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World

Brexit backlash for Northern Ireland's border?

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Opening sequence

World

Brexit backlash for Northern Ireland's border?

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COMING UP:Brexit backlash for Northern Ireland's border?

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Transcript

00:00:01
>> These fields of Birdsong were once a fortress frontier in Northern Ireland's troubles. Blacklion village is in the Republic of Ireland on its door step Belcoo in Northern Ireland. Now there's a new flashpoint in town the UK potentially leaving the EU and what it might mean for the border.
00:00:19
I'm Morris's reporter Jacob Reeves in this Northern Ireland. If we'll just take a few steps over here. I'm now officially on Irish territory. It's a bit of a blur boundary that over the years have allowed for increased movement of goods and people. But in the event of a brevity, this and the remainder of Northern Ireland frontier of the Republic of Ireland we've become Britain's only land border with the EU.
00:00:47
The remain campaign stretch border patrols will have to be implemented if the UK leaves. A view shared by official on the Irish Republic side.>> Whether it involves the return of checkpoints or not we don't know. All we do know it that the Irish Revenue commissioners are looking at the implications of a.
00:01:04
>> The campaigners highlight a border agreement struck between Britain and Ireland before they both entered the EU and say the specter of instability is scare mongering. But few know what it might mean for vital regional economies. As an example of cross border trade, you can't get much more potent than here in.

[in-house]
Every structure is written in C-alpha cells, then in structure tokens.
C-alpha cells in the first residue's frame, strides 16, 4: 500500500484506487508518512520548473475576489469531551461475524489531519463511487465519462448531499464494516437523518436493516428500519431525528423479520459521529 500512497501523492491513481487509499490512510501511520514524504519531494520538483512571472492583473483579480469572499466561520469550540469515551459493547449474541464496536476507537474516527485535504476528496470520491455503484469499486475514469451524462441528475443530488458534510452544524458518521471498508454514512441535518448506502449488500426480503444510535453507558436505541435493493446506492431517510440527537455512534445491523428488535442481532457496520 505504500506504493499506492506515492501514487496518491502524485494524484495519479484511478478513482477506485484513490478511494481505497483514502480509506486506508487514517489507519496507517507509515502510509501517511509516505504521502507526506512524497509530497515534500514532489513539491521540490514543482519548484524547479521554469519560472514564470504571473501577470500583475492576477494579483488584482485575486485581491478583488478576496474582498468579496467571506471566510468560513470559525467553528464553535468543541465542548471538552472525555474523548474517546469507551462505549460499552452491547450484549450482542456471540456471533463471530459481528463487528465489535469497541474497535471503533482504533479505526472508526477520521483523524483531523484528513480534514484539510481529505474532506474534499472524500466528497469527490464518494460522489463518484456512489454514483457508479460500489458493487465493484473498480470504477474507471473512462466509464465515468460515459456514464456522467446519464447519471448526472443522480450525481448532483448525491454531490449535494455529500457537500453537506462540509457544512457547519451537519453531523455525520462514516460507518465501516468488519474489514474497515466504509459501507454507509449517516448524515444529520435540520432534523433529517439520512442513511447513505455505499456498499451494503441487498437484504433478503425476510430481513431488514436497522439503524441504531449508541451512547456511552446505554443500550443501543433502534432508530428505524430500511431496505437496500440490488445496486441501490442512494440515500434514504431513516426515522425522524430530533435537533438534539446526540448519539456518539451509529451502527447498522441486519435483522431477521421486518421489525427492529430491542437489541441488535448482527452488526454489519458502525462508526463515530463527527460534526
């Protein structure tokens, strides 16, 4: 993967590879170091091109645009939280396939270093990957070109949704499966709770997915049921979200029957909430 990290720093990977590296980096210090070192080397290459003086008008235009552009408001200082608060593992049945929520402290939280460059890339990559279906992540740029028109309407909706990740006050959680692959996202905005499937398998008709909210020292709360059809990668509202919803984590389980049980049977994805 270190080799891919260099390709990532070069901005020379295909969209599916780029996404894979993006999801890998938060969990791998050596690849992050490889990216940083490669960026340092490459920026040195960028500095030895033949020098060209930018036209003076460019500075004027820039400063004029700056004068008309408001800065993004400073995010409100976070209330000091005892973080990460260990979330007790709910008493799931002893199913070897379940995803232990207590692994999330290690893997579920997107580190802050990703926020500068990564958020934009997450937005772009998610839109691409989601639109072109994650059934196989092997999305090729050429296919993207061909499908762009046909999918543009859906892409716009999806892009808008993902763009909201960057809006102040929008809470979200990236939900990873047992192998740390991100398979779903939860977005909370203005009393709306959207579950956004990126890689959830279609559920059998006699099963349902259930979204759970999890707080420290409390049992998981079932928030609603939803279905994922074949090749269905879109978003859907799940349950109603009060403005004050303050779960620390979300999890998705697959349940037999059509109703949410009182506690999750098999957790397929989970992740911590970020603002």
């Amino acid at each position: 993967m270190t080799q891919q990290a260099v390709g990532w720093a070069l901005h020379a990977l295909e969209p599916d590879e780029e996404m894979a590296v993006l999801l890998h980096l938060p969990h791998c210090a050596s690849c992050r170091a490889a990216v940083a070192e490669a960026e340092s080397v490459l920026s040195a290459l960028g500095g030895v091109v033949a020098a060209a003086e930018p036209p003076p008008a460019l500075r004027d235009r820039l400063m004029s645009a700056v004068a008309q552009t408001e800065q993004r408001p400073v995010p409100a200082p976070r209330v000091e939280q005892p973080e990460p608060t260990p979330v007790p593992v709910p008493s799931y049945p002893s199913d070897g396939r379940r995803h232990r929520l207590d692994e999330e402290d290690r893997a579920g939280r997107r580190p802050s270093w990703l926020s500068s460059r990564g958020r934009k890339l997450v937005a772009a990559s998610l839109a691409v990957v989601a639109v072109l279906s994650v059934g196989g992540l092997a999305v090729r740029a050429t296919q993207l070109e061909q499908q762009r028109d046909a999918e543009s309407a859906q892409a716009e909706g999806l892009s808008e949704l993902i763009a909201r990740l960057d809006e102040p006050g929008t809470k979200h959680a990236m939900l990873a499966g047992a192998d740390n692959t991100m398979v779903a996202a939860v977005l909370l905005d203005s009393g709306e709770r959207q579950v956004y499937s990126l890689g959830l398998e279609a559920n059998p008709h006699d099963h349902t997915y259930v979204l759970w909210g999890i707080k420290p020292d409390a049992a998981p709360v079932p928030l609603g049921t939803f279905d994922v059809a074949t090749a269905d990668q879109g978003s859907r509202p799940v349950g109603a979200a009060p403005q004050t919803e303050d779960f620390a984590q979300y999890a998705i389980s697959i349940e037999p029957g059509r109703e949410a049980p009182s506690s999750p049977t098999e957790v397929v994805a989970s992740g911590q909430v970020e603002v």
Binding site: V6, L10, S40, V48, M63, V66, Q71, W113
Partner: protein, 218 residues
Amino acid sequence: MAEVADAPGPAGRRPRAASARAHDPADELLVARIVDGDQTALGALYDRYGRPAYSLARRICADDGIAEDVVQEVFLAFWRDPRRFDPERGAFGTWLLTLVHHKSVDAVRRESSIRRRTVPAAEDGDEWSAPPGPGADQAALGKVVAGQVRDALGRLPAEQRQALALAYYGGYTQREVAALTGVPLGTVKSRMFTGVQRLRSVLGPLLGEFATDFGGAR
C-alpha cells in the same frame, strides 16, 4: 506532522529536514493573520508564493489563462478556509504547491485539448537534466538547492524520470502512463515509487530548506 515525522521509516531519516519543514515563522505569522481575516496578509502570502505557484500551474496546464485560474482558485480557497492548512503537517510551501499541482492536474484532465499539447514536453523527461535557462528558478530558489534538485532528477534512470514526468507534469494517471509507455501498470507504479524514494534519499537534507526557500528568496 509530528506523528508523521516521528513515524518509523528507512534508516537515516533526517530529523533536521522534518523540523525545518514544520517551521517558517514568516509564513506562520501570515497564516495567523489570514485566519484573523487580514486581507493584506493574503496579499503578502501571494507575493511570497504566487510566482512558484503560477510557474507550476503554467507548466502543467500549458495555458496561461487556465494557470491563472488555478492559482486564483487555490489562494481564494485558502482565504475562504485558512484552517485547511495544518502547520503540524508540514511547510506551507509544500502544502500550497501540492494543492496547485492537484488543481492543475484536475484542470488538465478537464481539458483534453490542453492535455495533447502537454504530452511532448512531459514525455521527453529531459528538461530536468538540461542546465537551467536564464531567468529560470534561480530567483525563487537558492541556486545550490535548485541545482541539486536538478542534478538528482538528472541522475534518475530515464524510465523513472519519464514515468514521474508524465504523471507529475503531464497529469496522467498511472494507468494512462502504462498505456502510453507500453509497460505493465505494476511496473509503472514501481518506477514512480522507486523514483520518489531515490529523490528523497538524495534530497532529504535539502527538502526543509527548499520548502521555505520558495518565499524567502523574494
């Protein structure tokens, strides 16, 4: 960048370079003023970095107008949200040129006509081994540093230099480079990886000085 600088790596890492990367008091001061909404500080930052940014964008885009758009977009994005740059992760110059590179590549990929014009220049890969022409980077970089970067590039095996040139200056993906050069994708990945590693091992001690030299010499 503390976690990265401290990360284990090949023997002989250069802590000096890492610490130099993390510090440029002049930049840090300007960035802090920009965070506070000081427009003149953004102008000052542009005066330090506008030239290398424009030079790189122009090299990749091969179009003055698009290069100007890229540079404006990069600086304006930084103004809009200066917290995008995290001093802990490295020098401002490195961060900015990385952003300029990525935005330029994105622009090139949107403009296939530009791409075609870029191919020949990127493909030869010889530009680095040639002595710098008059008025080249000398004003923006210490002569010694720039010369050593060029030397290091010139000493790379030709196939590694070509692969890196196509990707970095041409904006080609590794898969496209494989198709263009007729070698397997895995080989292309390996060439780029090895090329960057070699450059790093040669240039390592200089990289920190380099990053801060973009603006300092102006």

00:01:22
Those hills over there in the distance are Irish territory and it's the success or economic cooperation over the last decade that's helped rejuvenate this area. But, its troubled past isn't all that historic and some, like the representative of local commerce, fear for the future.>> The movement of people would have to be regulated and checked.
00:01:43
As well in the movement of goods. And that has enormous implications for this place.>> At the height of the troubles, Newry and the surrounding South Armagh area was the most militarized in Northern Ireland, with a majority Irish Catholic population. Here, the last British Army watch tower came down in 2003.
00:02:05
Now eyes are fixed on the very uncertain few weeks, perhaps years.